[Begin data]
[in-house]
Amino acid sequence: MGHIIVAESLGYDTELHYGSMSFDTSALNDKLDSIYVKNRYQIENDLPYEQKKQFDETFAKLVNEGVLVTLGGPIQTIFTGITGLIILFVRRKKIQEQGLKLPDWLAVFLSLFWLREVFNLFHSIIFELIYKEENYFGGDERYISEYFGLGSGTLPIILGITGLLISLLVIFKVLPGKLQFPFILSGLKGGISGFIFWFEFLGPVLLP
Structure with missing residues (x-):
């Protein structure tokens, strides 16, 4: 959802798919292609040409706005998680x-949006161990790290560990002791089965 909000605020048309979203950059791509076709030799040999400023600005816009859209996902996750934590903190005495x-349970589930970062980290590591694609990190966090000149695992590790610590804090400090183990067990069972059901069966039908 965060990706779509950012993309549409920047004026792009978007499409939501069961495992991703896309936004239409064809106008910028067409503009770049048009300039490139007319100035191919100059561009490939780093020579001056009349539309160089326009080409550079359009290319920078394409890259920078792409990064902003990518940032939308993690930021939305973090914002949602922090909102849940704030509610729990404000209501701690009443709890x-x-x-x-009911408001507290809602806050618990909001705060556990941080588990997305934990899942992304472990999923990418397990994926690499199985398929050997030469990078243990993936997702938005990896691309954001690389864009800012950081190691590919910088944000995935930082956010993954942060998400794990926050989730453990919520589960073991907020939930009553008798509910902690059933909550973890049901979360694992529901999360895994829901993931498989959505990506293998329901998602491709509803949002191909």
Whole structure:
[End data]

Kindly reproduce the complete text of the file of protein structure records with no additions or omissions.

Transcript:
[in-house]
Amino acid sequence: MGHIIVAESLGYDTELHYGSMSFDTSALNDKLDSIYVKNRYQIENDLPYEQKKQFDETFAKLVNEGVLVTLGGPIQTIFTGITGLIILFVRRKKIQEQGLKLPDWLAVFLSLFWLREVFNLFHSIIFELIYKEENYFGGDERYISEYFGLGSGTLPIILGITGLLISLLVIFKVLPGKLQFPFILSGLKGGISGFIFWFEFLGPVLLP
Structure with missing residues (x-):
């Protein structure tokens, strides 16, 4: 959802798919292609040409706005998680x-949006161990790290560990002791089965 909000605020048309979203950059791509076709030799040999400023600005816009859209996902996750934590903190005495x-349970589930970062980290590591694609990190966090000149695992590790610590804090400090183990067990069972059901069966039908 965060990706779509950012993309549409920047004026792009978007499409939501069961495992991703896309936004239409064809106008910028067409503009770049048009300039490139007319100035191919100059561009490939780093020579001056009349539309160089326009080409550079359009290319920078394409890259920078792409990064902003990518940032939308993690930021939305973090914002949602922090909102849940704030509610729990404000209501701690009443709890x-x-x-x-009911408001507290809602806050618990909001705060556990941080588990997305934990899942992304472990999923990418397990994926690499199985398929050997030469990078243990993936997702938005990896691309954001690389864009800012950081190691590919910088944000995935930082956010993954942060998400794990926050989730453990919520589960073991907020939930009553008798509910902690059933909550973890049901979360694992529901999360895994829901993931498989959505990506293998329901998602491709509803949002191909």
Whole structure: